The other three top loci in the primary analysis are located within large intergenic regions. rs13063502 on 3q13.1 lies between the noncoding complementary DNA FLJ25363 and PVRL3, which resides 1.5 Mb telomeric to rs13063502 and is expressed primarily in placenta and testis.43 rs769111 on 7p21.3 is situated between THSD7A, a gene expressed almost exclusively in developing endothelial cells,44 and TMEM106B, a gene recently associated with frontotemporal dementia with TDP-43 inclusions, whose primary function in the brain remains to be elucidated.45 Last, rs7336083 lies in a 1.9-Mb intergenic region between SLITRK1 and SLITRK6 on chromosome 13q31. Although SLITRK1 is an a priori candidate TS susceptibility gene based on previous identification of both rare functional variants12 and common haplotypes46 in TS patients, functional annotation indicates that rs7336083 is a cerebellar eQTL of SLITRK6. Candidate gene analysis of all genotyped SNPs within 50 kb of SLITRK1 identified no nominally associated SNPs (Supplementary Table S9), including two SNPs recently reported to be associated with TS in a separate European ancestry sample47 (rs9593835 and rs9546538; P=0.52 and P=0.98, respectively, in this study). Of note, the association signals in rs7336083 and rs13063502 decreased in the secondary meta-analysis (Supplementary Figures S11 and S12 and Supplementary Table S3). It remains to be determined whether these signal reductions are indicative of false positive associations, random signal fluctuations or genetic heterogeneity between the European ancestry samples and the Latin American CVCR/ANT samples used in the secondary analysis.
This study has several potential limitations. The use of shared controls genotyped previously on different Illumina platforms creates the possibility of a systematic technical bias. To address this concern, we employed stringent, iterative individual platform QC procedures, tests of cross-platform concordance using sample duplicates and additional extensive testing for differential missing data between platforms. We also excluded SNPs known to perform differentially across Illumina platforms that can cause spurious results if not recognized (N Cox, personal communication).48 The minimal inflation of the median test statistic in the primary meta-analysis (λGC=0.996), as well as the nominal enrichment of the top signals for SNPs with known functional significance in brain, argues that these efforts effectively mitigated this potential confound.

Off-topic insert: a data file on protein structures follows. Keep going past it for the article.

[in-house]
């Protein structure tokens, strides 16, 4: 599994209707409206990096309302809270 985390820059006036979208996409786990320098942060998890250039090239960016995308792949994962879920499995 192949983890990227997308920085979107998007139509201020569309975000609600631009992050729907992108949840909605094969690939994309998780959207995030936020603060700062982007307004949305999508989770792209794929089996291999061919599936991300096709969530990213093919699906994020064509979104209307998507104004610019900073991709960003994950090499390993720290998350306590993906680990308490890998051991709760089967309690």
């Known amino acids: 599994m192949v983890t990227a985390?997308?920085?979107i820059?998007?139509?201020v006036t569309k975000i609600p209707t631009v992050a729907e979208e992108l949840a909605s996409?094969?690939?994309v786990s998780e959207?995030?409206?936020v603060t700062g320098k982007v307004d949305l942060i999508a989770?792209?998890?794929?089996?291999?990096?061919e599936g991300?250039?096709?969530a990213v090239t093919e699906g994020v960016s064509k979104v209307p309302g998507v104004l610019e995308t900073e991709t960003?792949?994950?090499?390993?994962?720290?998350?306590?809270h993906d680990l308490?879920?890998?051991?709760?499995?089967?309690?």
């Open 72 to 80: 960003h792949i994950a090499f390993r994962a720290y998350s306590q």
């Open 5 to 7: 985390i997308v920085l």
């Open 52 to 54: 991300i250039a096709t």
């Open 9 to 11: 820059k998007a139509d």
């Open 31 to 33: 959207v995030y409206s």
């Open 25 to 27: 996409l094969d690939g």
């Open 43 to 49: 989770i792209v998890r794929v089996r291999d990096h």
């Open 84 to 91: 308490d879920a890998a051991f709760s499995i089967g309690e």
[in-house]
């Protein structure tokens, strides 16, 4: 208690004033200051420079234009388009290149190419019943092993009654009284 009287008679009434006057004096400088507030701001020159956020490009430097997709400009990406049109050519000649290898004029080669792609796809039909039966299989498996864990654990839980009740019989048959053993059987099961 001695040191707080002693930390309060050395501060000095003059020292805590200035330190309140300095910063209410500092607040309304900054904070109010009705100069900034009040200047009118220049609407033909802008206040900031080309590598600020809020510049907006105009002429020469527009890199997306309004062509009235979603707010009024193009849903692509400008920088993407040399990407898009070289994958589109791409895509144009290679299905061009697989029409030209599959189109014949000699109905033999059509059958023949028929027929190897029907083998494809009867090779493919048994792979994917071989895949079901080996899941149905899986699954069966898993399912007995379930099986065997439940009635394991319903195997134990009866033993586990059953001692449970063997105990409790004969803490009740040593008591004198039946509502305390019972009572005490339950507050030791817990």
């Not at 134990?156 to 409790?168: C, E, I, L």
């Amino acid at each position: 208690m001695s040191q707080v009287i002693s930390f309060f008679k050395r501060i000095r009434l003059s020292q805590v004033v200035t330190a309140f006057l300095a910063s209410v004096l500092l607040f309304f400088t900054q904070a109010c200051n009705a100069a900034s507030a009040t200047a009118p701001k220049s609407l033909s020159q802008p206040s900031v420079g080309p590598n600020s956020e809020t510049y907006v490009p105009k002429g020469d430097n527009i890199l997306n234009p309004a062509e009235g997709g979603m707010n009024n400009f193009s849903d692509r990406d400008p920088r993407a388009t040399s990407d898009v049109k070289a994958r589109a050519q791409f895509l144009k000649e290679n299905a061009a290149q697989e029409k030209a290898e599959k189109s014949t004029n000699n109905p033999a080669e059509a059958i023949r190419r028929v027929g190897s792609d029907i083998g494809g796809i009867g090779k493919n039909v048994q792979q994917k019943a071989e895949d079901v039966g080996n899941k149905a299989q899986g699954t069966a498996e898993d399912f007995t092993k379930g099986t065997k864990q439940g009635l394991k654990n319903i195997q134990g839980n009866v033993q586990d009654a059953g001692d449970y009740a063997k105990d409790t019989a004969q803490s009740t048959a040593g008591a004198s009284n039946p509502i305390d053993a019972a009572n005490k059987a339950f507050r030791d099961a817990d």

Second, there was residual population stratification between the TS cases from the CVCR and control samples from ANT. Although initially thought to have arisen from common founders,22 recent studies suggest that these populations have slight differences in Native American ancestry (A Ruiz-Linares and NB Freimer, personal communication). Although the resulting λGC of 1.04 in the CVCR/ANT subpopulation analysis is relatively small and thus is likely not to introduce significant bias in a meta-analysis, we chose to reserve these non-European samples for a secondary analysis to provide supportive evidence to individual candidate susceptibility loci. Although we did not find significant evidence for a consistent direction of effect between the top signals in the primary European ancestry meta-analysis and those in the CVCR/ANT subpopulation analysis, it is important to note that the CVCR/ANT samples are an admixed population with a significant proportion of non-European ancestry,49 and thus do not represent a true replication sample for the European ancestry meta-analysis.
In summary, this study represents the first GWAS of TS. Despite the lack of genome-wide significant loci, the study provides an important foundation for future replication efforts and lays the groundwork for the eventual identification of definitive common TS susceptibility variants. The data also contribute to the still nascent understanding of the underlying genetic architecture of TS, which is likely to include genetic variation across the allelic frequency spectrum.13, 47, 50, 51, 52 Our results also parallel those of other common neuropsychiatric disorders, for which increased sample sizes have generated significant findings for both common and rare variants that together provide key insights into previously unknown disease mechanisms.53, 54, 55 Finally, the current data will facilitate examination of the proposed genetic relationships between TS and its common co-occurring conditions, OCD and attention-deficit hyperactivity disorder,8 as well as those from additional psychiatric disorders,35 with the goal of identifying the biological pathways shared by these common neurodevelopmental conditions.